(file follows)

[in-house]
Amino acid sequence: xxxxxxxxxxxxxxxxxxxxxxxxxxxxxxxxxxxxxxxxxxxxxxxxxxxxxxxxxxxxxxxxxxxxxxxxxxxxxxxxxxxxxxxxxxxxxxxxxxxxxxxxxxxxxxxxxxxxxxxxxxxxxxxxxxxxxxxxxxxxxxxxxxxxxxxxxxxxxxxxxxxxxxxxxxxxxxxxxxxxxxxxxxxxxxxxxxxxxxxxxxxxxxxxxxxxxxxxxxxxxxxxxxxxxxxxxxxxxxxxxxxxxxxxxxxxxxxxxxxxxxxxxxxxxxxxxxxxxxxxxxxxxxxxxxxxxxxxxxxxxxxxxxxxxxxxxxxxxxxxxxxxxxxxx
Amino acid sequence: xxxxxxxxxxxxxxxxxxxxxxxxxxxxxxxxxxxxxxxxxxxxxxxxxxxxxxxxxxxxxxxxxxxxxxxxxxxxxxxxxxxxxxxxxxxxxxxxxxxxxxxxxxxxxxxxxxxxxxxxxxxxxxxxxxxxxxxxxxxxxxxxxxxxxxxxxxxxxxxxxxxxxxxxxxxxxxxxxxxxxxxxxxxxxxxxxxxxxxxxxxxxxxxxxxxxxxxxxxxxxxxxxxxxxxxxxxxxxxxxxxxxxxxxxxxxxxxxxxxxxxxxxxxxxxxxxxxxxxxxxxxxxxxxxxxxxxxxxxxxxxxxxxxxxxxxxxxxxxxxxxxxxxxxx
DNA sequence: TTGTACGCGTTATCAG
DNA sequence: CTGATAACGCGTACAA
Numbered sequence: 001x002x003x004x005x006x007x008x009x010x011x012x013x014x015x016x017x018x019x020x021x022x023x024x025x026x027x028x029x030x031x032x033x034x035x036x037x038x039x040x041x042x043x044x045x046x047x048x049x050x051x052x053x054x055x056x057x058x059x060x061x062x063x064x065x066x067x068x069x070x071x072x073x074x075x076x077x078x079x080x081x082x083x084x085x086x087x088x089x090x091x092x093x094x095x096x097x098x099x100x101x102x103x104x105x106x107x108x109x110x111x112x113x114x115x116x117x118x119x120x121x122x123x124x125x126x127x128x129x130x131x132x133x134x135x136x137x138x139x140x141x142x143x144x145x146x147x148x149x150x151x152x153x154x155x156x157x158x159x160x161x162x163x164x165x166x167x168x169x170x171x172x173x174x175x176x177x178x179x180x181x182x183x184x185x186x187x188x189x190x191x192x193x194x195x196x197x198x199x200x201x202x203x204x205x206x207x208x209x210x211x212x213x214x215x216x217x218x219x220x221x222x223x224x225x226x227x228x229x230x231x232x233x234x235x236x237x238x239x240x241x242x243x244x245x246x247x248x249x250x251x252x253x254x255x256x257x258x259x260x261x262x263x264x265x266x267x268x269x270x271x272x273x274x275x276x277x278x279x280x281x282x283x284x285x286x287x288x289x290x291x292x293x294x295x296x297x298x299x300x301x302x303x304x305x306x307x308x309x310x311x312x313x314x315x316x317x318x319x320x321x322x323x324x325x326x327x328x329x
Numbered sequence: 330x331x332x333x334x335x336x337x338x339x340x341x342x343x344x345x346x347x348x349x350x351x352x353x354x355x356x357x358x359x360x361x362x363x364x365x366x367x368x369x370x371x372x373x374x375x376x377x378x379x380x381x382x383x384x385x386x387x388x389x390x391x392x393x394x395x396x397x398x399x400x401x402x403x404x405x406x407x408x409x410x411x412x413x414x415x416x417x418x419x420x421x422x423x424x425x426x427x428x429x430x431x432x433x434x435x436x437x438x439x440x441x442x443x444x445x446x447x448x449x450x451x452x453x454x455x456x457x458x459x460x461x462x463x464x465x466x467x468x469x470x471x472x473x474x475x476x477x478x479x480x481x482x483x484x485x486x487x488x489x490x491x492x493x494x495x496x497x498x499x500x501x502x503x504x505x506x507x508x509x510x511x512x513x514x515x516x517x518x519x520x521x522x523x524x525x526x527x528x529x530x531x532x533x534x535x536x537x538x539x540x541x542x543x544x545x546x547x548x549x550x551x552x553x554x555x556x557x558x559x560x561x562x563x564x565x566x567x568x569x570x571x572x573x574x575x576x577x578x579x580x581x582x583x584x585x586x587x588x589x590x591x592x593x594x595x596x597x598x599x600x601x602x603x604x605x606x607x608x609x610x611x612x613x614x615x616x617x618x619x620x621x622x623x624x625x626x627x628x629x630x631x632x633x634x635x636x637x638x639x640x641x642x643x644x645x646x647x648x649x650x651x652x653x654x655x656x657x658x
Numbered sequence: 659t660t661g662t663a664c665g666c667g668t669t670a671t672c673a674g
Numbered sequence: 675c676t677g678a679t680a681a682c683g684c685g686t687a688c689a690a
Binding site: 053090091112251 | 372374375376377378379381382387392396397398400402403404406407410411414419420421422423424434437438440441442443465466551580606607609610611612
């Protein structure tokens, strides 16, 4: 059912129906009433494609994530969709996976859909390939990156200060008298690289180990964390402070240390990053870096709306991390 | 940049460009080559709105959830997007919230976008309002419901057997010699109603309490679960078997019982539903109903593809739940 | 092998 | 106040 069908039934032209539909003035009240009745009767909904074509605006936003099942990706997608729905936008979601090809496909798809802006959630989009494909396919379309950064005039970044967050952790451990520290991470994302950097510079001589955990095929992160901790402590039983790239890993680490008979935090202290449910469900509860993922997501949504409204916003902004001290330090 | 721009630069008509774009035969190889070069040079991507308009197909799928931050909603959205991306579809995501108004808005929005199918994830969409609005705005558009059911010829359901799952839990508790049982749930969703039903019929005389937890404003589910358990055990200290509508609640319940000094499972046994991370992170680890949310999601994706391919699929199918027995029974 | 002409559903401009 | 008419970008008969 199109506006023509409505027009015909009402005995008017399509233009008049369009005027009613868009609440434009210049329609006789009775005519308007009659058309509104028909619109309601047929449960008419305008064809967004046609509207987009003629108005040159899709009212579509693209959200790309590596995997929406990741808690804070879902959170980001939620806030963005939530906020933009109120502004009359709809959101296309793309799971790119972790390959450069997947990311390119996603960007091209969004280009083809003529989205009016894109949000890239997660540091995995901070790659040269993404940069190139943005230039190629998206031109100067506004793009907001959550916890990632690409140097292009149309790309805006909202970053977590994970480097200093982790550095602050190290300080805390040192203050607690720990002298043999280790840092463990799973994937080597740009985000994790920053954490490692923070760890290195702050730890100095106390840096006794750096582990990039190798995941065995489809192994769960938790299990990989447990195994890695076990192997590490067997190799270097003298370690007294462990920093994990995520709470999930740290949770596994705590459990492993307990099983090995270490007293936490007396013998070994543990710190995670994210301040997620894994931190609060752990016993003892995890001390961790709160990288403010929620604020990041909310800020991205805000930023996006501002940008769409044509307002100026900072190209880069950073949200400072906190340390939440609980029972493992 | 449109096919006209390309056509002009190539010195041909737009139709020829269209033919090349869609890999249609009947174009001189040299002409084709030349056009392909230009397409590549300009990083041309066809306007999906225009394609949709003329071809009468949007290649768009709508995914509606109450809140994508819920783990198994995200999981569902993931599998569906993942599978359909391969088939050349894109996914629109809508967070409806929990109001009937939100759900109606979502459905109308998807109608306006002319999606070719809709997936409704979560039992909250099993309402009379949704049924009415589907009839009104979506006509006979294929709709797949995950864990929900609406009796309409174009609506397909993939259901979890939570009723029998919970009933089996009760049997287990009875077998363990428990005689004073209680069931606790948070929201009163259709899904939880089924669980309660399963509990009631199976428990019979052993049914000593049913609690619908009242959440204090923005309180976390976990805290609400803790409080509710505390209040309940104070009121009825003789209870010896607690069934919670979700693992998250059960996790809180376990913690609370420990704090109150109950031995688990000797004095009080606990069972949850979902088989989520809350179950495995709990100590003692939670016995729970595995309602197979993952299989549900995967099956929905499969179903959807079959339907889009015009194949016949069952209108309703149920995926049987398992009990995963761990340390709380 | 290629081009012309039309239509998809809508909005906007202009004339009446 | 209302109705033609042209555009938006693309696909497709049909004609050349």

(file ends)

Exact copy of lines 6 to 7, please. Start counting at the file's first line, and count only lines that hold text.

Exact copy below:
Numbered sequence: 001x002x003x004x005x006x007x008x009x010x011x012x013x014x015x016x017x018x019x020x021x022x023x024x025x026x027x028x029x030x031x032x033x034x035x036x037x038x039x040x041x042x043x044x045x046x047x048x049x050x051x052x053x054x055x056x057x058x059x060x061x062x063x064x065x066x067x068x069x070x071x072x073x074x075x076x077x078x079x080x081x082x083x084x085x086x087x088x089x090x091x092x093x094x095x096x097x098x099x100x101x102x103x104x105x106x107x108x109x110x111x112x113x114x115x116x117x118x119x120x121x122x123x124x125x126x127x128x129x130x131x132x133x134x135x136x137x138x139x140x141x142x143x144x145x146x147x148x149x150x151x152x153x154x155x156x157x158x159x160x161x162x163x164x165x166x167x168x169x170x171x172x173x174x175x176x177x178x179x180x181x182x183x184x185x186x187x188x189x190x191x192x193x194x195x196x197x198x199x200x201x202x203x204x205x206x207x208x209x210x211x212x213x214x215x216x217x218x219x220x221x222x223x224x225x226x227x228x229x230x231x232x233x234x235x236x237x238x239x240x241x242x243x244x245x246x247x248x249x250x251x252x253x254x255x256x257x258x259x260x261x262x263x264x265x266x267x268x269x270x271x272x273x274x275x276x277x278x279x280x281x282x283x284x285x286x287x288x289x290x291x292x293x294x295x296x297x298x299x300x301x302x303x304x305x306x307x308x309x310x311x312x313x314x315x316x317x318x319x320x321x322x323x324x325x326x327x328x329x
Numbered sequence: 330x331x332x333x334x335x336x337x338x339x340x341x342x343x344x345x346x347x348x349x350x351x352x353x354x355x356x357x358x359x360x361x362x363x364x365x366x367x368x369x370x371x372x373x374x375x376x377x378x379x380x381x382x383x384x385x386x387x388x389x390x391x392x393x394x395x396x397x398x399x400x401x402x403x404x405x406x407x408x409x410x411x412x413x414x415x416x417x418x419x420x421x422x423x424x425x426x427x428x429x430x431x432x433x434x435x436x437x438x439x440x441x442x443x444x445x446x447x448x449x450x451x452x453x454x455x456x457x458x459x460x461x462x463x464x465x466x467x468x469x470x471x472x473x474x475x476x477x478x479x480x481x482x483x484x485x486x487x488x489x490x491x492x493x494x495x496x497x498x499x500x501x502x503x504x505x506x507x508x509x510x511x512x513x514x515x516x517x518x519x520x521x522x523x524x525x526x527x528x529x530x531x532x533x534x535x536x537x538x539x540x541x542x543x544x545x546x547x548x549x550x551x552x553x554x555x556x557x558x559x560x561x562x563x564x565x566x567x568x569x570x571x572x573x574x575x576x577x578x579x580x581x582x583x584x585x586x587x588x589x590x591x592x593x594x595x596x597x598x599x600x601x602x603x604x605x606x607x608x609x610x611x612x613x614x615x616x617x618x619x620x621x622x623x624x625x626x627x628x629x630x631x632x633x634x635x636x637x638x639x640x641x642x643x644x645x646x647x648x649x650x651x652x653x654x655x656x657x658x